While other aspects of learning outsourcing have not changed much, the reasons companies outsource have shown a significant shift. As recently as 2007, “speed to market” was a significant rationale to use external providers, but during the past several years its importance has declined. While organizations seek to rebound quickly from the economic crisis, they are less likely to leverage external vendors to get essential learning delivered quickly.
Companies more often leverage outsourcing to supplement internal resources and have learning resources available as needed. Increasingly, organizations believe that learning outsourcing is a more cost-effective method to create or deliver learning.
CLOs cited the need for specific skills and specialized knowledge. One respondent uses outsourcers to satisfy “native language needs in German, French, Korean and Chinese.” Another believes leveraging outsourcers for learning delivery allows her to “use internal resources for higher-level tasks; moving out the administrative where possible.”
CLOs also articulated two recurring themes for the use of outsource learning providers: “Head count reductions forced us to seek outside assistance,” and there is “no time for resources internally to develop learning.”
When given a choice on whether to outsource or hire additional resources, 50 percent of CLOs think outsourcing is more cost-effective and more flexible than hiring internal resources. One CLO believes that, “learning needs are constantly changing. In-house expertise becomes static and confined to specific areas.”
Those who outsource seem to be satisfied with their providers but less so than several years ago. While the percentage of CLOs who report being satisfied — either very or somewhat satisfied — with their providers overall is relatively high, there is a long-term trend that suggests satisfaction is declining. This year, 74 percent of enterprises report being satisfied with their providers, a slight decrease from 2012. However, the Net Promoter Score — the net dissatisfied subtracted from the net satisfied — showed a declining trend from 2007 (Figure 5).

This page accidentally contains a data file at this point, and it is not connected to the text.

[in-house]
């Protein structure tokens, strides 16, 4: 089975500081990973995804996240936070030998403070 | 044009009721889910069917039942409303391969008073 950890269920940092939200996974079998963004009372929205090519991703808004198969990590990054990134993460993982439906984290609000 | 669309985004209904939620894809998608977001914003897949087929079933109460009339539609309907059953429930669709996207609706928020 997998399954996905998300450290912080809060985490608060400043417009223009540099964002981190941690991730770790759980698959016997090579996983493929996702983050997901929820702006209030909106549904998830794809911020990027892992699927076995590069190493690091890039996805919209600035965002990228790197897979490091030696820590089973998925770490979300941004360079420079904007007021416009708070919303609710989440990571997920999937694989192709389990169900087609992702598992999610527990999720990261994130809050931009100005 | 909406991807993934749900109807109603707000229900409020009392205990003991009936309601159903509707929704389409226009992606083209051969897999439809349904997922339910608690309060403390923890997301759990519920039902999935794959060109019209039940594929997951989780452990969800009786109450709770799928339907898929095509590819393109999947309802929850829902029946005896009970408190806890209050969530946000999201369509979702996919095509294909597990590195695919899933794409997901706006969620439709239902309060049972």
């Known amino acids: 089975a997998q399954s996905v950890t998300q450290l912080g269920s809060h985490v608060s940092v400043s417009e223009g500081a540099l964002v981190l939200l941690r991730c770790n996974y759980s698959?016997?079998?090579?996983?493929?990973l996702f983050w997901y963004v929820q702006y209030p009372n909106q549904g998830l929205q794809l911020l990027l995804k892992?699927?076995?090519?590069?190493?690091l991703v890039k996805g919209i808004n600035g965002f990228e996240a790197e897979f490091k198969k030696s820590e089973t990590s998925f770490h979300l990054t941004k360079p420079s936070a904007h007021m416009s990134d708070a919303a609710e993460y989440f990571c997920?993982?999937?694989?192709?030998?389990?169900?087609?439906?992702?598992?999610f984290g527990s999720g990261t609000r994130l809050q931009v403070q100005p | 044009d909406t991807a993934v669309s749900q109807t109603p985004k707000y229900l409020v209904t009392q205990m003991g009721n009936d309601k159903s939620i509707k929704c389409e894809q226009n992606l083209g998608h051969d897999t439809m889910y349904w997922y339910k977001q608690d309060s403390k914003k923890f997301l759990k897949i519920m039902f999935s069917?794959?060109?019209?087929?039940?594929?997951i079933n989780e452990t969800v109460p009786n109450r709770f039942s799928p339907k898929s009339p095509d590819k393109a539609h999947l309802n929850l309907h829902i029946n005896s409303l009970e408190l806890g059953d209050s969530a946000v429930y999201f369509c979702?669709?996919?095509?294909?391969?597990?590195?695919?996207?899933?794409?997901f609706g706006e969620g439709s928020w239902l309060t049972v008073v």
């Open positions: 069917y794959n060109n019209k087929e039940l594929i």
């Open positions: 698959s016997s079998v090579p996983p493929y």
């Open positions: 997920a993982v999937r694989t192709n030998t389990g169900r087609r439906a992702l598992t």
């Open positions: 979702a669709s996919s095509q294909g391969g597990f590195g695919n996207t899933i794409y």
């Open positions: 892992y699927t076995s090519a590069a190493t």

The most important qualities CLOs consider when looking for a learning outsourcer are learning expertise and subject matter expertise. These are the fundamentals to provide high-quality learning services and to impart knowledge to the audience. This is also reflected by the increased importance CLOs placed on providers that have industry-specific knowledge.
Also important is the vendors’ ability to act as business partner. This reflects CLOs’ increased understanding of the fluid nature of learning objectives and the mutual flexibility that successful learning outsourcing arrangements require. It is also important that vendor and company are a cultural fit. CLOs report that good learning initiatives go bad when the learning provider’s culture can’t mesh with the learner population.
Who Are the Decision-Makers?
From 2006 to 2007 HR executives became more active in outsourcing decision-making — even more so than the CLO. More recently, however, CLOs and head of business units have taken on more decision-making authority for learning outsourcing across companies.
Companies that don’t outsource typically cite satisfaction with their internal learning operations or believe it is too expensive or the subject matter is too complex for outside providers. These reasons have been consistently important for the past six years of this survey. As one respondent put it, “Quality and knowledge matters a lot.
To keep it consistent and readily available I prefer to keep learning internal.” Another CLO thought internal learning delivery adds flexibility: “We customize our programs to meet our exact needs of our employees as well as the organization.”
Organizations approach knowledge transfer capability differently based on internal capability, hire external capability or a mix of the two. Not surprisingly, the reasons for outsourcing — access to capability and knowledge — are equally important for those who don’t outsource.
As enterprises continue to emerge from the economic crisis, external provider use will change. Some organizations will attempt to save money by increasing their use of external providers. Others will attempt to do more with less on their own, both believing their approach is the best one available. But whatever organizations do, aligning their learning offerings with the business needs seems to be job one.
Cushing Anderson is program director for learning services at IDC. He can be reached at editor@CLOmedia.com.